Lower oil prices are typically a boon to Asia-Pacific's many net importers; however, this time their impact on credit markets might be the more important channel. Over time, as credit markets have become more integrated, the relationship between high-yield credit spreads in Asia-Pacific and comparable benchmarks in the U.S. has increased. S&P Global Ratings, even before the global spread of the coronavirus, has expected the energy and natural resources sector, along with consumer services, to account for the majority of speculative-grade defaults in 2020 (see "The U.S. Speculative-Grade Corporate Default Rate Is Likely To Reach 3.5% By December 2020," published on RatingsDirect on Feb. 21, 2020). As default pressures ramp up from lower oil prices, U.S. spreads could widen further.
In turn, this could trigger a further widening of spreads and less access to external financing across our region. We should not discount the economic benefits of lower oil prices with a net oil deficit of about 2.5% on average across Asia-Pacific. The windfall gains from lower oil prices will be distributed among sovereigns, households, and firms, depending on energy price and subsidy policies. But it is too simplistic to think that a sharp fall in oil prices is unambiguous good news when investor risk aversion is already rising.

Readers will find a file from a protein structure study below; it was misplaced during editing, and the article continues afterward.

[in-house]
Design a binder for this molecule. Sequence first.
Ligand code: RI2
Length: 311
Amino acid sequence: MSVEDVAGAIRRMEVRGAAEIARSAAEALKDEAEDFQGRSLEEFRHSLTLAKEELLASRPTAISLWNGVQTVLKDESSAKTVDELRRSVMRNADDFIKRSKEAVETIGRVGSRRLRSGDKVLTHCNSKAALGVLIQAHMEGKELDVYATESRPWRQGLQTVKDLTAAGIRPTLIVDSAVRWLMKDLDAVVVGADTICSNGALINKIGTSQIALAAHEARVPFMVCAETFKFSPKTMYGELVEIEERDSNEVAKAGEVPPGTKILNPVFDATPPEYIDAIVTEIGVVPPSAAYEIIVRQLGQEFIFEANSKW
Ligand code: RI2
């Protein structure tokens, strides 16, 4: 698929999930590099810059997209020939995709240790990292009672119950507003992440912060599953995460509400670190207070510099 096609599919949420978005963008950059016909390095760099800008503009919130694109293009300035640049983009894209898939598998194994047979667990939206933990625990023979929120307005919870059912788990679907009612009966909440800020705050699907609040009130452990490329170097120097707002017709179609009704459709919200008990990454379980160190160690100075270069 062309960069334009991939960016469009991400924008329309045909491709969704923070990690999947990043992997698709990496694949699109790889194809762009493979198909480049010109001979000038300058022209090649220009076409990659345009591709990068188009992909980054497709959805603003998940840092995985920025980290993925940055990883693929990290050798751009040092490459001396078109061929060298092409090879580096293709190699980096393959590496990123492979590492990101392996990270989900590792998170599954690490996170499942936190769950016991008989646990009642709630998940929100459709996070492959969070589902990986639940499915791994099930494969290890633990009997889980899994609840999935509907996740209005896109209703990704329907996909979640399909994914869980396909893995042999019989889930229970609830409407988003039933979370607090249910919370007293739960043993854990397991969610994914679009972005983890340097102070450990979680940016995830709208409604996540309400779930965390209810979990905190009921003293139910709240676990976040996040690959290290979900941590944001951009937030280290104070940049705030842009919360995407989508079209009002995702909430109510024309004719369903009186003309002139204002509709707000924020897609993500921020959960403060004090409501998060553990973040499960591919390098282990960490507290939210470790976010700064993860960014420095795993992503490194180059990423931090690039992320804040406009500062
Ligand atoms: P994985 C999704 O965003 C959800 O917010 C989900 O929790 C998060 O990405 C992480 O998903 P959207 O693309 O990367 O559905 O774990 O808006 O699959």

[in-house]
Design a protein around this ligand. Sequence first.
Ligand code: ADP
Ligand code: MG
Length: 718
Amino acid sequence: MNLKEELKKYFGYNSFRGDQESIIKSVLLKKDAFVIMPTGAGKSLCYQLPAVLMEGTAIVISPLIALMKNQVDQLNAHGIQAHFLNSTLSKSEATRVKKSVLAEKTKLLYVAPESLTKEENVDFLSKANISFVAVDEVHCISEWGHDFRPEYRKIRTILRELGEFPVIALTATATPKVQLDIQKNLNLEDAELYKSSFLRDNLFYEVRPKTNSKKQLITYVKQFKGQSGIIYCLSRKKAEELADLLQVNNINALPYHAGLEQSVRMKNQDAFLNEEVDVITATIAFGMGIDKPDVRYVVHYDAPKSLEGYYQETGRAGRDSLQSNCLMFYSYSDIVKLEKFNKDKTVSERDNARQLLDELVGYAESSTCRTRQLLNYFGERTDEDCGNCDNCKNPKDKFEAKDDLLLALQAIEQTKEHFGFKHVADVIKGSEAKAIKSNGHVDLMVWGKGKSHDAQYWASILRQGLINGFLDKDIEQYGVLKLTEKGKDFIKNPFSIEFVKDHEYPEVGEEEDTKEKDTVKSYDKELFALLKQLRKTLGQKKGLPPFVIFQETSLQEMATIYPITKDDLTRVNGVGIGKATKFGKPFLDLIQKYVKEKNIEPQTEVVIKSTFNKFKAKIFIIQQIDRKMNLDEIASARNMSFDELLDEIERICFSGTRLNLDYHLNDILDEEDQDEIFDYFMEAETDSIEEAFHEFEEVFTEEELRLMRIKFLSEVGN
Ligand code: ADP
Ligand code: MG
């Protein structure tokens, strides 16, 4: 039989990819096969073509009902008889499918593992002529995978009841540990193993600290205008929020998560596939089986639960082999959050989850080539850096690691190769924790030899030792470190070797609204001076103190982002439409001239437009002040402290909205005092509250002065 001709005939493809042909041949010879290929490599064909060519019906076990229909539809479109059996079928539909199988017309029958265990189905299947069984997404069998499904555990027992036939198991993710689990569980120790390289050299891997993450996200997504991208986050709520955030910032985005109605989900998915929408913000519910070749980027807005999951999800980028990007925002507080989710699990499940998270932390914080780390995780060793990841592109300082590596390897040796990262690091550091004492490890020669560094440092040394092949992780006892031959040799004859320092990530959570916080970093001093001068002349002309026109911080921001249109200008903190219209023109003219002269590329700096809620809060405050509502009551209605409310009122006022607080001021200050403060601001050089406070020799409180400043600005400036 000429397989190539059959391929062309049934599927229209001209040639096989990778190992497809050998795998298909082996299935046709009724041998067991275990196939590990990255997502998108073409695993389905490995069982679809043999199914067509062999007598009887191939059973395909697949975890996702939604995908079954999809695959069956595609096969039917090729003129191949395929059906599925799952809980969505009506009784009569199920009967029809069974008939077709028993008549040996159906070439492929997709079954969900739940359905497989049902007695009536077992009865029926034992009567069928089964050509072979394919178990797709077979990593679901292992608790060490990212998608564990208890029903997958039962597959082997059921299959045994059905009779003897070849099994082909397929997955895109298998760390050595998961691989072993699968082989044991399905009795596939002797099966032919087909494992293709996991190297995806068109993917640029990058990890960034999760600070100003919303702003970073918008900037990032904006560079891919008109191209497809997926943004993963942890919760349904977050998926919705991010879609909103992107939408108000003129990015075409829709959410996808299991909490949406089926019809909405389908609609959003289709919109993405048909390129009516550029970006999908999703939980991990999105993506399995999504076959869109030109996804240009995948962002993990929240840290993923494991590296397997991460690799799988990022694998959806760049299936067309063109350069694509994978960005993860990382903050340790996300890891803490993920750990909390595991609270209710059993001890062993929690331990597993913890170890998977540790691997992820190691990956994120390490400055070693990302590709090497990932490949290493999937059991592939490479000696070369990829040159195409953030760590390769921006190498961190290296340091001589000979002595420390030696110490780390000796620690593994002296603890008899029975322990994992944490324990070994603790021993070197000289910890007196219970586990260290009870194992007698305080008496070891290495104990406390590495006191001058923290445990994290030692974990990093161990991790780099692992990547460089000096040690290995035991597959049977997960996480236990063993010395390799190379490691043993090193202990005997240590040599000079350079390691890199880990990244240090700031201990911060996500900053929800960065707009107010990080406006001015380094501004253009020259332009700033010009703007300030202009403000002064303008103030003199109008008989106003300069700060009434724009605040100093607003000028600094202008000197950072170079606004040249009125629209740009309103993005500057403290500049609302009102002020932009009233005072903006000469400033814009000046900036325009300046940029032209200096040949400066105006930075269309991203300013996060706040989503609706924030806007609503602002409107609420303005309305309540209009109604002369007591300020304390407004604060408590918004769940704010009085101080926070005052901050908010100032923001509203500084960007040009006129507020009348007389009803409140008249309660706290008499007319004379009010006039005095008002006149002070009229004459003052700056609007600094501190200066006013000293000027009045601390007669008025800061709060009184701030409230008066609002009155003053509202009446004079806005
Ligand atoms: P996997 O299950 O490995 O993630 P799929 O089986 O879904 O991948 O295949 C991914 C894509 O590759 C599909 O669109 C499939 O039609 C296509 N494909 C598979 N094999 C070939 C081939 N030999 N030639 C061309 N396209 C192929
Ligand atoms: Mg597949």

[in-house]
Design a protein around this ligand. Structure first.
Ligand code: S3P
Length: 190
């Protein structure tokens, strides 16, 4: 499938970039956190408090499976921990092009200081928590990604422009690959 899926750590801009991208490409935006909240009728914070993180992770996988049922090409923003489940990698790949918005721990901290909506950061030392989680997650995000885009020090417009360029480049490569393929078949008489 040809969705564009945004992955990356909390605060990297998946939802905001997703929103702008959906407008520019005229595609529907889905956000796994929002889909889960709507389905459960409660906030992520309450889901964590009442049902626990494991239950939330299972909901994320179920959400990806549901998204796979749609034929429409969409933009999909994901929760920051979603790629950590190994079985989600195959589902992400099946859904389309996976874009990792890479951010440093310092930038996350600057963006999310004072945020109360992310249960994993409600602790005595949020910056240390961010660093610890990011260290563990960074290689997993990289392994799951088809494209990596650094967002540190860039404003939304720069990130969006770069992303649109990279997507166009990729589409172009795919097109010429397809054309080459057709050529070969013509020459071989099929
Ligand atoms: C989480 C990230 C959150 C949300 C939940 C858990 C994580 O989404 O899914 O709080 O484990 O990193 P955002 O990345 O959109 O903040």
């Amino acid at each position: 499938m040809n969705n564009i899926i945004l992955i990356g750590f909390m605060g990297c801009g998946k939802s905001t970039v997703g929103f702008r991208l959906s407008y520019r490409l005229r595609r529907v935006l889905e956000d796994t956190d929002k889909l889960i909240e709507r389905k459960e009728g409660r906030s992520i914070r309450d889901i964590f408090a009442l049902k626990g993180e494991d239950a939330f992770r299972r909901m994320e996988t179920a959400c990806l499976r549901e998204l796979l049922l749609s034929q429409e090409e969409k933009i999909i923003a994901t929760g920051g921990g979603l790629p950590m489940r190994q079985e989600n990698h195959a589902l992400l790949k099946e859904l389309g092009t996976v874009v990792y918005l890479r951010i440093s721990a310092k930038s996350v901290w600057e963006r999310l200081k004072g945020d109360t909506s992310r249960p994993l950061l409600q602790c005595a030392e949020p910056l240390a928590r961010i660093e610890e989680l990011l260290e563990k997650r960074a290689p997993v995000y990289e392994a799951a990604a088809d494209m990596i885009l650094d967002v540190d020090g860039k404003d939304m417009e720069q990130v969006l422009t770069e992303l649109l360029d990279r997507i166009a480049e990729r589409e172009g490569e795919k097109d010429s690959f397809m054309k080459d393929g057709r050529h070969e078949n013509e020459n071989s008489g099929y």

The U.S. Dollar Remains Key For Financial Conditions